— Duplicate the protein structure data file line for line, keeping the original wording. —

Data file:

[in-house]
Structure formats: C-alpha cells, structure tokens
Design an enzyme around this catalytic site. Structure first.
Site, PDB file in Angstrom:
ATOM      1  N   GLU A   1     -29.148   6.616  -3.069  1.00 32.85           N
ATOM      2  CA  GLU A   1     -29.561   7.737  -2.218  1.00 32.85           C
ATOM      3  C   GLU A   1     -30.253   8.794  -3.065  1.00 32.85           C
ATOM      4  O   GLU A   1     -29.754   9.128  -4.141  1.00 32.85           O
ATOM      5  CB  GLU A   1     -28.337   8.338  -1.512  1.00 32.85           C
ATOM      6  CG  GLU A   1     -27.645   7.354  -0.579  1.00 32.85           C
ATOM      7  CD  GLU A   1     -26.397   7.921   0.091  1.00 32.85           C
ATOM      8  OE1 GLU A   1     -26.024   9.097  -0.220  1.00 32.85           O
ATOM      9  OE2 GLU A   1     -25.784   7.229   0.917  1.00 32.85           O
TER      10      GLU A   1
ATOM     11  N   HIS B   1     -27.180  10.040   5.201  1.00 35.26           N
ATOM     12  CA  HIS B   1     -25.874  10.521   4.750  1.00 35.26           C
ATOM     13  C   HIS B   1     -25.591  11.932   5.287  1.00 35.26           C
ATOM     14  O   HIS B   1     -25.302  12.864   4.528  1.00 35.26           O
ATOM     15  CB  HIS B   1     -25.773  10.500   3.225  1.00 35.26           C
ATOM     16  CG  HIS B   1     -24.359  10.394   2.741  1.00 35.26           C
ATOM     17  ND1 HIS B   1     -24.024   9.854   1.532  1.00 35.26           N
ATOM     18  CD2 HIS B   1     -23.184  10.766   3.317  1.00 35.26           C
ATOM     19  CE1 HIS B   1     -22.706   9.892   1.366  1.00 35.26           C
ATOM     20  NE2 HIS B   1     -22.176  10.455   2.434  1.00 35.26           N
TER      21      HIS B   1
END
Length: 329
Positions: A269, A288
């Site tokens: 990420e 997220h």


[in-house]
Structure formats: C-alpha cells, structure tokens
Design an enzyme around this catalytic site. Structure first.
Site, PDB file in Angstrom:
ATOM      1  N   GLU A   1     -29.148   6.616  -3.069  1.00 32.85           N
ATOM      2  CA  GLU A   1     -29.561   7.737  -2.218  1.00 32.85           C
ATOM      3  C   GLU A   1     -30.253   8.794  -3.065  1.00 32.85           C
ATOM      4  O   GLU A   1     -29.754   9.128  -4.141  1.00 32.85           O
ATOM      5  CB  GLU A   1     -28.337   8.338  -1.512  1.00 32.85           C
ATOM      6  CG  GLU A   1     -27.645   7.354  -0.579  1.00 32.85           C
ATOM      7  CD  GLU A   1     -26.397   7.921   0.091  1.00 32.85           C
ATOM      8  OE1 GLU A   1     -26.024   9.097  -0.220  1.00 32.85           O
ATOM      9  OE2 GLU A   1     -25.784   7.229   0.917  1.00 32.85           O
TER      10      GLU A   1
ATOM     11  N   HIS B   1     -27.180  10.040   5.201  1.00 35.26           N
ATOM     12  CA  HIS B   1     -25.874  10.521   4.750  1.00 35.26           C
ATOM     13  C   HIS B   1     -25.591  11.932   5.287  1.00 35.26           C
ATOM     14  O   HIS B   1     -25.302  12.864   4.528  1.00 35.26           O
ATOM     15  CB  HIS B   1     -25.773  10.500   3.225  1.00 35.26           C
ATOM     16  CG  HIS B   1     -24.359  10.394   2.741  1.00 35.26           C
ATOM     17  ND1 HIS B   1     -24.024   9.854   1.532  1.00 35.26           N
ATOM     18  CD2 HIS B   1     -23.184  10.766   3.317  1.00 35.26           C
ATOM     19  CE1 HIS B   1     -22.706   9.892   1.366  1.00 35.26           C
ATOM     20  NE2 HIS B   1     -22.176  10.455   2.434  1.00 35.26           N
TER      21      HIS B   1
END
Length: 329
Positions: A269, A288
């Site tokens: 990420e 997220h």